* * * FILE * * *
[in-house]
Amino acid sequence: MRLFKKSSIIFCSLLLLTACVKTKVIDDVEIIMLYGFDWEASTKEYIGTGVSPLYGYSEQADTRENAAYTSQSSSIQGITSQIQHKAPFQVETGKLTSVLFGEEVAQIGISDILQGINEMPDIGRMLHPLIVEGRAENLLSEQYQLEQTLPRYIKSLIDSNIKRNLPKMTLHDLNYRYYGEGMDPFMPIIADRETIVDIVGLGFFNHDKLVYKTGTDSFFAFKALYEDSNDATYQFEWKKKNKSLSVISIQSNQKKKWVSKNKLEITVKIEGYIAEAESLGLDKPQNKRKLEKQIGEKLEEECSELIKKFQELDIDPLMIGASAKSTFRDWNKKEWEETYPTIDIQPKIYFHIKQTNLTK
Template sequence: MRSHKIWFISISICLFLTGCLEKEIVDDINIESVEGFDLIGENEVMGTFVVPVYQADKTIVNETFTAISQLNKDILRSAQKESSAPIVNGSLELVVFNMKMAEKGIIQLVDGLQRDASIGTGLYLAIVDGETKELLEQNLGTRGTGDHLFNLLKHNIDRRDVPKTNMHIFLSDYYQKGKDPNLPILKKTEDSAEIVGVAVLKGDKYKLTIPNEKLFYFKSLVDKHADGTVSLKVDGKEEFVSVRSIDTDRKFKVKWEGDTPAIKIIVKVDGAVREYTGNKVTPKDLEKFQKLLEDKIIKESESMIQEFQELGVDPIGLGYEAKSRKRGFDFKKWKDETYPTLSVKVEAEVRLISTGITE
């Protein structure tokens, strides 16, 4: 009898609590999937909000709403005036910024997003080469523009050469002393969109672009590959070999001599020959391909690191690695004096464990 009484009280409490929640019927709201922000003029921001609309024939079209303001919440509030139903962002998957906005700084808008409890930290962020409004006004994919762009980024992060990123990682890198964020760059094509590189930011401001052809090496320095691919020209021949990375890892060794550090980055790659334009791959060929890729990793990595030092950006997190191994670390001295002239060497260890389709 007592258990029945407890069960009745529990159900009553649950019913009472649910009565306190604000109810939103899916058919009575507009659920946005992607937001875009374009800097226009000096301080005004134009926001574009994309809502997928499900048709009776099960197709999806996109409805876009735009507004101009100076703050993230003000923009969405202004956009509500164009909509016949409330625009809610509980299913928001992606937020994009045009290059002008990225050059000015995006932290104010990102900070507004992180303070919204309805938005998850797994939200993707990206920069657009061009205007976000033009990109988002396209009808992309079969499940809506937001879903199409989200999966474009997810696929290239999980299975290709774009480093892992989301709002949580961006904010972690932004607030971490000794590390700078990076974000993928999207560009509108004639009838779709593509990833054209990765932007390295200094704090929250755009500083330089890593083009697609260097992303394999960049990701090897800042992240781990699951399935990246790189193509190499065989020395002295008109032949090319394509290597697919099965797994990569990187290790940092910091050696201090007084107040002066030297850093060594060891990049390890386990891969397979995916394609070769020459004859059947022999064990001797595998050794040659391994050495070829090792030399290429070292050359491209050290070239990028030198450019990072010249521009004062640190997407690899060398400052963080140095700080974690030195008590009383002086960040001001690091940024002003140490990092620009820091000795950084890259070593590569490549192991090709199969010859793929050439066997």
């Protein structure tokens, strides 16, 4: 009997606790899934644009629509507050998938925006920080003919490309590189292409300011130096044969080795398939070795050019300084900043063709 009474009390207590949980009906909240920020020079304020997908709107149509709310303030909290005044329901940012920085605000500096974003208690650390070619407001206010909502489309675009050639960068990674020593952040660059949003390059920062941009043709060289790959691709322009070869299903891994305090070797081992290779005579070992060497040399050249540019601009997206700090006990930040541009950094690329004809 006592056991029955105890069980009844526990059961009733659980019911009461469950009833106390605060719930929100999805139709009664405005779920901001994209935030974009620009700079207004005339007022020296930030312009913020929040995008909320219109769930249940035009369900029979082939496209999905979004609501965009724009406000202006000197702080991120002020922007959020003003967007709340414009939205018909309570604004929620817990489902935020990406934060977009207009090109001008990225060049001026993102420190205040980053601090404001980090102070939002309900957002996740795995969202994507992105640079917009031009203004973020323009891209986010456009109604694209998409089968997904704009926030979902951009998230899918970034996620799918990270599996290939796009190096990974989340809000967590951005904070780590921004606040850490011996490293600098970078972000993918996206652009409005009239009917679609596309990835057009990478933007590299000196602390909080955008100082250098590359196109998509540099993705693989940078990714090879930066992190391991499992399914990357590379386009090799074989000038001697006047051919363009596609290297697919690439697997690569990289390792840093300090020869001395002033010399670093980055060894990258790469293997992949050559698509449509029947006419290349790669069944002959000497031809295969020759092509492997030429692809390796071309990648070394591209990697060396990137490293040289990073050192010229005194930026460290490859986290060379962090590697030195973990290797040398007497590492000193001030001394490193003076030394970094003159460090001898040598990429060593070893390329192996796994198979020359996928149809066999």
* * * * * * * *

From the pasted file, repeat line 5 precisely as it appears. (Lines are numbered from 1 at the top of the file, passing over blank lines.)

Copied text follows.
């Protein structure tokens, strides 16, 4: 009997606790899934644009629509507050998938925006920080003919490309590189292409300011130096044969080795398939070795050019300084900043063709 009474009390207590949980009906909240920020020079304020997908709107149509709310303030909290005044329901940012920085605000500096974003208690650390070619407001206010909502489309675009050639960068990674020593952040660059949003390059920062941009043709060289790959691709322009070869299903891994305090070797081992290779005579070992060497040399050249540019601009997206700090006990930040541009950094690329004809 006592056991029955105890069980009844526990059961009733659980019911009461469950009833106390605060719930929100999805139709009664405005779920901001994209935030974009620009700079207004005339007022020296930030312009913020929040995008909320219109769930249940035009369900029979082939496209999905979004609501965009724009406000202006000197702080991120002020922007959020003003967007709340414009939205018909309570604004929620817990489902935020990406934060977009207009090109001008990225060049001026993102420190205040980053601090404001980090102070939002309900957002996740795995969202994507992105640079917009031009203004973020323009891209986010456009109604694209998409089968997904704009926030979902951009998230899918970034996620799918990270599996290939796009190096990974989340809000967590951005904070780590921004606040850490011996490293600098970078972000993918996206652009409005009239009917679609596309990835057009990478933007590299000196602390909080955008100082250098590359196109998509540099993705693989940078990714090879930066992190391991499992399914990357590379386009090799074989000038001697006047051919363009596609290297697919690439697997690569990289390792840093300090020869001395002033010399670093980055060894990258790469293997992949050559698509449509029947006419290349790669069944002959000497031809295969020759092509492997030429692809390796071309990648070394591209990697060396990137490293040289990073050192010229005194930026460290490859986290060379962090590697030195973990290797040398007497590492000193001030001394490193003076030394970094003159460090001898040598990429060593070893390329192996796994198979020359996928149809066999």